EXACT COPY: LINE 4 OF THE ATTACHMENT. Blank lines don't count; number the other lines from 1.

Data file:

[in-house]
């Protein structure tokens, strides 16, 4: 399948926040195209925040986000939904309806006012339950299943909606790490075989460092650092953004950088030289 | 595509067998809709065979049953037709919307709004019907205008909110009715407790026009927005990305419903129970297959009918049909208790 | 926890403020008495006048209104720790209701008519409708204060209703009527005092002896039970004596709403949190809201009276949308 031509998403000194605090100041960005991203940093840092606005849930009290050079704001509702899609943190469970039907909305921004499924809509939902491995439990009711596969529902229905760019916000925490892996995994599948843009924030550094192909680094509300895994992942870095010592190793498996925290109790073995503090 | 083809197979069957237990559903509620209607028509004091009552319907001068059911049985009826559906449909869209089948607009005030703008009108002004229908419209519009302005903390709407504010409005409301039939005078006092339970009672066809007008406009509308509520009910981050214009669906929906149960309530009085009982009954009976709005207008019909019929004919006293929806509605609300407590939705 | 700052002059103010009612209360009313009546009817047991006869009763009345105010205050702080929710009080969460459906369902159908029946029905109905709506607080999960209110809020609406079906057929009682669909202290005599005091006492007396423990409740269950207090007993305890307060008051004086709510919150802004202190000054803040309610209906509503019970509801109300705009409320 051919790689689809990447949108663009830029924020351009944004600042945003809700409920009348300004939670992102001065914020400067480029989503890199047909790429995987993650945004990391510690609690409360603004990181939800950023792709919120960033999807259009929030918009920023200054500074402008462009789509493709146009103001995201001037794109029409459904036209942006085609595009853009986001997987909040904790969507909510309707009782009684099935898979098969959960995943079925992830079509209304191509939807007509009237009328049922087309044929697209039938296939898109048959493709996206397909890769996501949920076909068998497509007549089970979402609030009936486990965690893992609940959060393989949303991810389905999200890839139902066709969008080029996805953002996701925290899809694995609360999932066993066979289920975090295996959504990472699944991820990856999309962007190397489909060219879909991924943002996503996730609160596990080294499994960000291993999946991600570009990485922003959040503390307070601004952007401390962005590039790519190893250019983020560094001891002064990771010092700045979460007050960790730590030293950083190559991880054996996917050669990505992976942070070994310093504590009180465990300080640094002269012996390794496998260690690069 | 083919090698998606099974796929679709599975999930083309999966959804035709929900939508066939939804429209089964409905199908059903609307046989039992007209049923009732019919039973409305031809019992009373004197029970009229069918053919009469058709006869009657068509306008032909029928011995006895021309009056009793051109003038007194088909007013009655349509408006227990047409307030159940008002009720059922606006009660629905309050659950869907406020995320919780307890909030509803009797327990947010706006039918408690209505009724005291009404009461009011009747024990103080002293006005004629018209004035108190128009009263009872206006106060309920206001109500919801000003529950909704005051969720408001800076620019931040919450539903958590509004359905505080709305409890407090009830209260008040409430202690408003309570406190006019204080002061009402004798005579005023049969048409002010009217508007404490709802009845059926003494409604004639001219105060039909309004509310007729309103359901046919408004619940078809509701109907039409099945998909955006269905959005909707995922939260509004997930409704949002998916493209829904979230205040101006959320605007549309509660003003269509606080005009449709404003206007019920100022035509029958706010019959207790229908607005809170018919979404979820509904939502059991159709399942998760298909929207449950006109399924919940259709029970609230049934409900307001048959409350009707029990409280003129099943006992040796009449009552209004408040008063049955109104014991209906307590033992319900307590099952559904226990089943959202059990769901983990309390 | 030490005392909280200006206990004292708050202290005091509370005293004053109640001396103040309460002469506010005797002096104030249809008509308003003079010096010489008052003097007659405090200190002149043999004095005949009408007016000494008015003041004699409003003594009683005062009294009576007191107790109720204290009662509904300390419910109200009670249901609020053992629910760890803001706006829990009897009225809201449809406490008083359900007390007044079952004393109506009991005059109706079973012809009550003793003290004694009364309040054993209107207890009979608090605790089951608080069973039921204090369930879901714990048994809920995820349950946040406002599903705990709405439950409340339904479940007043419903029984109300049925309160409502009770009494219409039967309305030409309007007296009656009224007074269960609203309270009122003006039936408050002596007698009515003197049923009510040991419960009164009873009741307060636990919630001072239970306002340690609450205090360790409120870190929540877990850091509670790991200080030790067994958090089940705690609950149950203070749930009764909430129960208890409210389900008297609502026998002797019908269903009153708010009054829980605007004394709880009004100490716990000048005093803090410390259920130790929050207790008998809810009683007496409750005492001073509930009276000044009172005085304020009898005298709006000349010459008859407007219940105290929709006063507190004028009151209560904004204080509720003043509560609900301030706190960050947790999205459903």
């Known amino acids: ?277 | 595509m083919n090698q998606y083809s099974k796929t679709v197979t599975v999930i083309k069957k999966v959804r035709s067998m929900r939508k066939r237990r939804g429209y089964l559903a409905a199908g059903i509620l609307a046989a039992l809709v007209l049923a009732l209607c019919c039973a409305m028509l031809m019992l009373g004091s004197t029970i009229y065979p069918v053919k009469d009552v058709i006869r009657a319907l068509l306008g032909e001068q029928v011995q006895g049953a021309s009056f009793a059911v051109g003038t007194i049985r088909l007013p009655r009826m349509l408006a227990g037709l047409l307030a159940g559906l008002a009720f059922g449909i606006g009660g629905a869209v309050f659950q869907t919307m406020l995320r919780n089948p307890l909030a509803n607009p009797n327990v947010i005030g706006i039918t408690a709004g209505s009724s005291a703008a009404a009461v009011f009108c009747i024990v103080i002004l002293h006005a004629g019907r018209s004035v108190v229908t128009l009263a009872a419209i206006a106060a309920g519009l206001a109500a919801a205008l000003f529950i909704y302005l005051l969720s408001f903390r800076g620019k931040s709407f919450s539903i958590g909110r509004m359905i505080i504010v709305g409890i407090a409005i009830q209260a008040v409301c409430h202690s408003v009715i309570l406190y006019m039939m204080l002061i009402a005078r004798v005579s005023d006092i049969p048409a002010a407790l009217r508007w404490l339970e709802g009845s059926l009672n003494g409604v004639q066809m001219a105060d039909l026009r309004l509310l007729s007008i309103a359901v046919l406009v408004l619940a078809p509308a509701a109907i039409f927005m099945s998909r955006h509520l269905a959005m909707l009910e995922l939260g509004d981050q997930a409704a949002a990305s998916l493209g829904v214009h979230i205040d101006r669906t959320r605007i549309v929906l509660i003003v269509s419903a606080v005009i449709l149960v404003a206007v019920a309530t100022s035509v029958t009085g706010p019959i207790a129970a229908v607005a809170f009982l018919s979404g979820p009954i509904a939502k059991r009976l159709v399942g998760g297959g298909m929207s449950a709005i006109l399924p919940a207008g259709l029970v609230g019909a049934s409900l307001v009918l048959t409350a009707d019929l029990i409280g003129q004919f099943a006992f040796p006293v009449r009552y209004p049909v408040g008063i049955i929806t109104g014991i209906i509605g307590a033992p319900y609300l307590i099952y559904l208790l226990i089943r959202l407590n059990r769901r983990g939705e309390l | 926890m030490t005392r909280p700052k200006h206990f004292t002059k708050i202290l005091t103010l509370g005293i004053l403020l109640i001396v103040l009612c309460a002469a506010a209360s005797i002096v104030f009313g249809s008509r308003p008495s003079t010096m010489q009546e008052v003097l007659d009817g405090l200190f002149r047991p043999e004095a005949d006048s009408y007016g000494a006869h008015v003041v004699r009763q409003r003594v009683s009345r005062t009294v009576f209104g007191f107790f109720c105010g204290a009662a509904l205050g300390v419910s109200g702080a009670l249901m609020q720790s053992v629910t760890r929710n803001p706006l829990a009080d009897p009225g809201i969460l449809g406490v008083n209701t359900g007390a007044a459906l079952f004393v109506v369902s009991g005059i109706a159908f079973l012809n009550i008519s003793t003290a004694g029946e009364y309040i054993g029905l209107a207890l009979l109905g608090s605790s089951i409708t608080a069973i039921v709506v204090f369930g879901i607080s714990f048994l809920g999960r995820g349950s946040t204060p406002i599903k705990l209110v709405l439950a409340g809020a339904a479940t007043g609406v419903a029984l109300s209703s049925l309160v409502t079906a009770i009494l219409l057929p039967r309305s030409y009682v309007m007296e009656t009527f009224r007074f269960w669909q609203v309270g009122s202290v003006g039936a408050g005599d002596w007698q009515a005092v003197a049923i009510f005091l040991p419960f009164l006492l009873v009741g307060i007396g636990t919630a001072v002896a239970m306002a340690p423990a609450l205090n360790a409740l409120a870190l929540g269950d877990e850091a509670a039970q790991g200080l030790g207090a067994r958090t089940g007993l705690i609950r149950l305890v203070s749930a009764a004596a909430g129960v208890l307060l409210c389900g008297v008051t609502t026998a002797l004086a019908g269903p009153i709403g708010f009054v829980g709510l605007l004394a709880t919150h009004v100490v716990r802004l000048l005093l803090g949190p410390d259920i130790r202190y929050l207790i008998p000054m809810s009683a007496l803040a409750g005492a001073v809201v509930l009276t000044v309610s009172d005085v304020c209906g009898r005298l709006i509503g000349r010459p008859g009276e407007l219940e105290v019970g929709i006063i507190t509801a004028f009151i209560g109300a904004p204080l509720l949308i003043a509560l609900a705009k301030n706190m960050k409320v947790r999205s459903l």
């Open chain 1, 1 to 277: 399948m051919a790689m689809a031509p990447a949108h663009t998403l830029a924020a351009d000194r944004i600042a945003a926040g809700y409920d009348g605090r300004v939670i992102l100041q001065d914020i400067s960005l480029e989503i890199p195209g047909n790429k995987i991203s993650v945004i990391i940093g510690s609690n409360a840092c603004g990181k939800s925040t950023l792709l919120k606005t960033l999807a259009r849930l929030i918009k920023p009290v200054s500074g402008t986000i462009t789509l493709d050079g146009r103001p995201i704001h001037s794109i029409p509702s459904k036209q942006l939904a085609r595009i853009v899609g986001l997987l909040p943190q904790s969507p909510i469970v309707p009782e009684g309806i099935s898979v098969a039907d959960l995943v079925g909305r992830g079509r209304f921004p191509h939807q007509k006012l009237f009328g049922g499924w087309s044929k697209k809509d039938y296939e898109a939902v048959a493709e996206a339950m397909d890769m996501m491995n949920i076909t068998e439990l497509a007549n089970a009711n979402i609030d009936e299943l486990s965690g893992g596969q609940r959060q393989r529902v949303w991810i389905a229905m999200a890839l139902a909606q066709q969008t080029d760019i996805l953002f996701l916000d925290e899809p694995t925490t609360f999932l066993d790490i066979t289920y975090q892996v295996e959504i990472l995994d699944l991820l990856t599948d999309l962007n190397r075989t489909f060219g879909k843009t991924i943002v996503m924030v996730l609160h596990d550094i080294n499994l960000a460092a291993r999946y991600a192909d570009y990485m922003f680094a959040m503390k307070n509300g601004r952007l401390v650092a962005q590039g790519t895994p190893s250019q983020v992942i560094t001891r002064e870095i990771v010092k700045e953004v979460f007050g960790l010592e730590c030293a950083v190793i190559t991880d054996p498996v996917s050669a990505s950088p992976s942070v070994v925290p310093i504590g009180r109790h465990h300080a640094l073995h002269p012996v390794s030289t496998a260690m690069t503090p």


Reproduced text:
């Open chain 1, 1 to 277: 399948m051919a790689m689809a031509p990447a949108h663009t998403l830029a924020a351009d000194r944004i600042a945003a926040g809700y409920d009348g605090r300004v939670i992102l100041q001065d914020i400067s960005l480029e989503i890199p195209g047909n790429k995987i991203s993650v945004i990391i940093g510690s609690n409360a840092c603004g990181k939800s925040t950023l792709l919120k606005t960033l999807a259009r849930l929030i918009k920023p009290v200054s500074g402008t986000i462009t789509l493709d050079g146009r103001p995201i704001h001037s794109i029409p509702s459904k036209q942006l939904a085609r595009i853009v899609g986001l997987l909040p943190q904790s969507p909510i469970v309707p009782e009684g309806i099935s898979v098969a039907d959960l995943v079925g909305r992830g079509r209304f921004p191509h939807q007509k006012l009237f009328g049922g499924w087309s044929k697209k809509d039938y296939e898109a939902v048959a493709e996206a339950m397909d890769m996501m491995n949920i076909t068998e439990l497509a007549n089970a009711n979402i609030d009936e299943l486990s965690g893992g596969q609940r959060q393989r529902v949303w991810i389905a229905m999200a890839l139902a909606q066709q969008t080029d760019i996805l953002f996701l916000d925290e899809p694995t925490t609360f999932l066993d790490i066979t289920y975090q892996v295996e959504i990472l995994d699944l991820l990856t599948d999309l962007n190397r075989t489909f060219g879909k843009t991924i943002v996503m924030v996730l609160h596990d550094i080294n499994l960000a460092a291993r999946y991600a192909d570009y990485m922003f680094a959040m503390k307070n509300g601004r952007l401390v650092a962005q590039g790519t895994p190893s250019q983020v992942i560094t001891r002064e870095i990771v010092k700045e953004v979460f007050g960790l010592e730590c030293a950083v190793i190559t991880d054996p498996v996917s050669a990505s950088p992976s942070v070994v925290p310093i504590g009180r109790h465990h300080a640094l073995h002269p012996v390794s030289t496998a260690m690069t503090p």